Fay Weldon tells the story of a common-law marriage in crisis while skewering two other institutions of reverence and repression: psychiatry and the British middle class
After ten years of living with Spicer, Annette is finally pregnant; her first book is about to be published; and her common-law marriage is unraveling—or, rather, it starts to after Spicer goes into psychotherapy. Suddenly, Spicer is taking up astrology, finding constant fault with Annette, and making cruel sexual demands. To humor him, Annette seeks psychiatric help as well—until her therapist makes her life a living hell. As battle rages between them, Annette learns a lot about herself and the man she thought she knew. Trouble is a piercing novel that perforates Jungian therapy and the mind games played in the name of science, while capturing the painful disintegration of a relationship.
“Weldon writes as if she were Virginia Woolf and Roseanne Arnold joined at the hip. She is literary, well-read, totally in control, sharp as a needle and off the wall. Everything is perfect.” —Mirabella
“A fiercely funny tale of nuptial betrayal.” —Chicago Tribune
“Impossible to put down . . . A wickedly splendid showcase of Weldon’s genius with dialogue and satire on modern culture, proving once again that she is a virtuoso of dark humor and dangerous wit.” —San Francisco Chronicle “Meet the shrink from hell . . . alternately laughing and gasping, the reader follows Annette out the pit and into the daylight.” —The Miami Herald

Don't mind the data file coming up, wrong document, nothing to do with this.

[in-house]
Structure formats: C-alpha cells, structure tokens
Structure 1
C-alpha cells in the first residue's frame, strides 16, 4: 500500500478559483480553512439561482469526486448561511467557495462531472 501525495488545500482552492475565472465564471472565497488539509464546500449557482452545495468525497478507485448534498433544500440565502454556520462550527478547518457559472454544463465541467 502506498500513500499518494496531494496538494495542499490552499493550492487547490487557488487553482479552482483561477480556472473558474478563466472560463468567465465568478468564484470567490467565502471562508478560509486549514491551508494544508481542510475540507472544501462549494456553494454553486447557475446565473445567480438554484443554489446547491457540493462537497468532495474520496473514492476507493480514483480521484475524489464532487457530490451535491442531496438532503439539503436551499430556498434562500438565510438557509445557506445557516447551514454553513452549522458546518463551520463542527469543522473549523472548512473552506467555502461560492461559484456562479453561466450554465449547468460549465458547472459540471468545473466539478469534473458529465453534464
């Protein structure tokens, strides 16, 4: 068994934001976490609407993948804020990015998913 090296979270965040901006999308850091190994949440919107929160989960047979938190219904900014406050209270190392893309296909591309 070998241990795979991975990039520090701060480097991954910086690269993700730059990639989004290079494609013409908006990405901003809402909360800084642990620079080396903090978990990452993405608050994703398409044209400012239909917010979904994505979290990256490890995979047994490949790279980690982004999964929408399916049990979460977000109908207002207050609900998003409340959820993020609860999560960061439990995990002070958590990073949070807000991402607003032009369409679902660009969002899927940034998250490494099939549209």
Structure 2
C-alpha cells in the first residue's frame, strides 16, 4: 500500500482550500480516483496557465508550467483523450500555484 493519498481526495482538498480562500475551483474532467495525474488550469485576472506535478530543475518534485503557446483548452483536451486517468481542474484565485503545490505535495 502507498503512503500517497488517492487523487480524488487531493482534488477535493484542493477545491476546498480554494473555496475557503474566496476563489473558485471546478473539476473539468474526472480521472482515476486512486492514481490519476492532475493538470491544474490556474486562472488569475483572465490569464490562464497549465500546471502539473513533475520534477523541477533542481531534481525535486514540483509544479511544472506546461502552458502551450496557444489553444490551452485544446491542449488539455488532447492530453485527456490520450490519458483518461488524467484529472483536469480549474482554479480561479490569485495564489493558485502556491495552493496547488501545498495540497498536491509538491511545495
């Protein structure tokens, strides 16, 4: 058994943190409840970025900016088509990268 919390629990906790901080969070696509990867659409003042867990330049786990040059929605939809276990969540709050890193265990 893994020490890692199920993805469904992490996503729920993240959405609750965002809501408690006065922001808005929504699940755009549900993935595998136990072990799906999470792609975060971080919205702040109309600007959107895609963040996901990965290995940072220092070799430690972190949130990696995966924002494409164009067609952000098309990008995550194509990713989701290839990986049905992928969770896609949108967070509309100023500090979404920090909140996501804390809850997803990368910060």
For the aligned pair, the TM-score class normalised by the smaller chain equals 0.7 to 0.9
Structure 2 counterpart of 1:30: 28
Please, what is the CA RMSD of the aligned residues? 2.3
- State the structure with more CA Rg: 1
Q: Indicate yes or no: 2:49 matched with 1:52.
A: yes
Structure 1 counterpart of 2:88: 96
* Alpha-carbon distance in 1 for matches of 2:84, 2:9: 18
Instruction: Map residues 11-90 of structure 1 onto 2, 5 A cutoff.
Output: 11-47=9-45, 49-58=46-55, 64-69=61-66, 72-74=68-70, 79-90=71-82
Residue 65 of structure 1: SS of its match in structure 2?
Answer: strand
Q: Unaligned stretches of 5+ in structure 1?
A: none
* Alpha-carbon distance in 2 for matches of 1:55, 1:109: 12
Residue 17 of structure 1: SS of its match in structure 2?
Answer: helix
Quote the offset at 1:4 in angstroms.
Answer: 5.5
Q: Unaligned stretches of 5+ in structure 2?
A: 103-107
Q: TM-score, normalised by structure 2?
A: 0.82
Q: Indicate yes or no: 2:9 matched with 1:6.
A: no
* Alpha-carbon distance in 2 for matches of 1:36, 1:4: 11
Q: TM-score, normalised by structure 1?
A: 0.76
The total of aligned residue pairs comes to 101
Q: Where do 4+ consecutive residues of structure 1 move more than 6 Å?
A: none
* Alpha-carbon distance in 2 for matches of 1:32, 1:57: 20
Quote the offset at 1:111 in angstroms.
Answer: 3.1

Novelist, playwright, and screenwriter Fay Weldon was born in England, brought up in New Zealand, and returned to the United Kingdom when she was fifteen. She studied economics and psychology at the University of St Andrews in Scotland. She worked briefly for the Foreign Office in London, then as a journalist, and then as an advertising copywriter. She later gave up her career in advertising, and began to write fulltime. Her first novel, The Fat Woman’s Joke, was published in 1967. She was chair of the judges for the Booker Prize for fiction in 1983, and received an honorary doctorate from the University of St Andrews in 1990. In 2001, she was named a Commander of the British Empire. Weldon’s work includes more than twenty novels, five collections of short stories, several children’s books, nonfiction books, magazine articles, and a number of plays written for television, radio, and the stage, including the pilot episode for the television series Upstairs Downstairs. She-Devil, the film adaption of her 1983 novel The Life and Loves of a She-Devil, starred Meryl Streep in a Golden Globe–winning role.